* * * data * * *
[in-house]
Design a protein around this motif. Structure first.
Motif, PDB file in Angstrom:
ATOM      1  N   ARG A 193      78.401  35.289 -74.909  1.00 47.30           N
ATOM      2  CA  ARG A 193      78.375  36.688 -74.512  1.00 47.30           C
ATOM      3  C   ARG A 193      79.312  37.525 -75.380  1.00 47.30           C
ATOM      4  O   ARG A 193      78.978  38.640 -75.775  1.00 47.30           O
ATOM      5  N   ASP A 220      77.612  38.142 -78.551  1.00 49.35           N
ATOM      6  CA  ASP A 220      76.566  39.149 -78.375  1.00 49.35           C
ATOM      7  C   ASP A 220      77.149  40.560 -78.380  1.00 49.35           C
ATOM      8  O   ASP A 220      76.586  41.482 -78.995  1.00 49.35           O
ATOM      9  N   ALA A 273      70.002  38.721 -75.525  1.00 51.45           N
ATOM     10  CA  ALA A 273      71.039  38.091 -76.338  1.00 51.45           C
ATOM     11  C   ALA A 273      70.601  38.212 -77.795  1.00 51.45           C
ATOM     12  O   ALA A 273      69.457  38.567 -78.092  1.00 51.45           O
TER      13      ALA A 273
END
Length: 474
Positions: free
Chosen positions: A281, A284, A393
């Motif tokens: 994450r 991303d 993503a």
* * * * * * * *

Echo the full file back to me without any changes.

[in-house]
Design a protein around this motif. Structure first.
Motif, PDB file in Angstrom:
ATOM      1  N   ARG A 193      78.401  35.289 -74.909  1.00 47.30           N
ATOM      2  CA  ARG A 193      78.375  36.688 -74.512  1.00 47.30           C
ATOM      3  C   ARG A 193      79.312  37.525 -75.380  1.00 47.30           C
ATOM      4  O   ARG A 193      78.978  38.640 -75.775  1.00 47.30           O
ATOM      5  N   ASP A 220      77.612  38.142 -78.551  1.00 49.35           N
ATOM      6  CA  ASP A 220      76.566  39.149 -78.375  1.00 49.35           C
ATOM      7  C   ASP A 220      77.149  40.560 -78.380  1.00 49.35           C
ATOM      8  O   ASP A 220      76.586  41.482 -78.995  1.00 49.35           O
ATOM      9  N   ALA A 273      70.002  38.721 -75.525  1.00 51.45           N
ATOM     10  CA  ALA A 273      71.039  38.091 -76.338  1.00 51.45           C
ATOM     11  C   ALA A 273      70.601  38.212 -77.795  1.00 51.45           C
ATOM     12  O   ALA A 273      69.457  38.567 -78.092  1.00 51.45           O
TER      13      ALA A 273
END
Length: 474
Positions: free
Chosen positions: A281, A284, A393
């Motif tokens: 994450r 991303d 993503a």